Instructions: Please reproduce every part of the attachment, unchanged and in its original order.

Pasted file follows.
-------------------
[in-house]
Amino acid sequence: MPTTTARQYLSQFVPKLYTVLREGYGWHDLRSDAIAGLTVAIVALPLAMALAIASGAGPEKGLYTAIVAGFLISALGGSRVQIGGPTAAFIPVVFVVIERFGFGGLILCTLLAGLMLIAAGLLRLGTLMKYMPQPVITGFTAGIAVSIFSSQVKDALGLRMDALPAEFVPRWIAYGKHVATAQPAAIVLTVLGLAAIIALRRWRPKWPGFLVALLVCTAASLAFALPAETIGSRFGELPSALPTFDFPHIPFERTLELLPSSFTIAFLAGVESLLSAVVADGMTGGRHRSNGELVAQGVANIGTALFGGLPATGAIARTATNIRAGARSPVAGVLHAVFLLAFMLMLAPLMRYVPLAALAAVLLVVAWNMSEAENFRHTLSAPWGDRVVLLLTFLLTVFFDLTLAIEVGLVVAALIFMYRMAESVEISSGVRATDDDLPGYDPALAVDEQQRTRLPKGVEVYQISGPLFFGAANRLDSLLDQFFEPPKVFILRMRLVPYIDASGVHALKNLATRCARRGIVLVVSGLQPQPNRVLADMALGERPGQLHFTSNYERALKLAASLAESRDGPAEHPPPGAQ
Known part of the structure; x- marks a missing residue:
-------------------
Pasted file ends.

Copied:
[in-house]
Amino acid sequence: MPTTTARQYLSQFVPKLYTVLREGYGWHDLRSDAIAGLTVAIVALPLAMALAIASGAGPEKGLYTAIVAGFLISALGGSRVQIGGPTAAFIPVVFVVIERFGFGGLILCTLLAGLMLIAAGLLRLGTLMKYMPQPVITGFTAGIAVSIFSSQVKDALGLRMDALPAEFVPRWIAYGKHVATAQPAAIVLTVLGLAAIIALRRWRPKWPGFLVALLVCTAASLAFALPAETIGSRFGELPSALPTFDFPHIPFERTLELLPSSFTIAFLAGVESLLSAVVADGMTGGRHRSNGELVAQGVANIGTALFGGLPATGAIARTATNIRAGARSPVAGVLHAVFLLAFMLMLAPLMRYVPLAALAAVLLVVAWNMSEAENFRHTLSAPWGDRVVLLLTFLLTVFFDLTLAIEVGLVVAALIFMYRMAESVEISSGVRATDDDLPGYDPALAVDEQQRTRLPKGVEVYQISGPLFFGAANRLDSLLDQFFEPPKVFILRMRLVPYIDASGVHALKNLATRCARRGIVLVVSGLQPQPNRVLADMALGERPGQLHFTSNYERALKLAASLAESRDGPAEHPPPGAQ
Known part of the structure; x- marks a missing residue: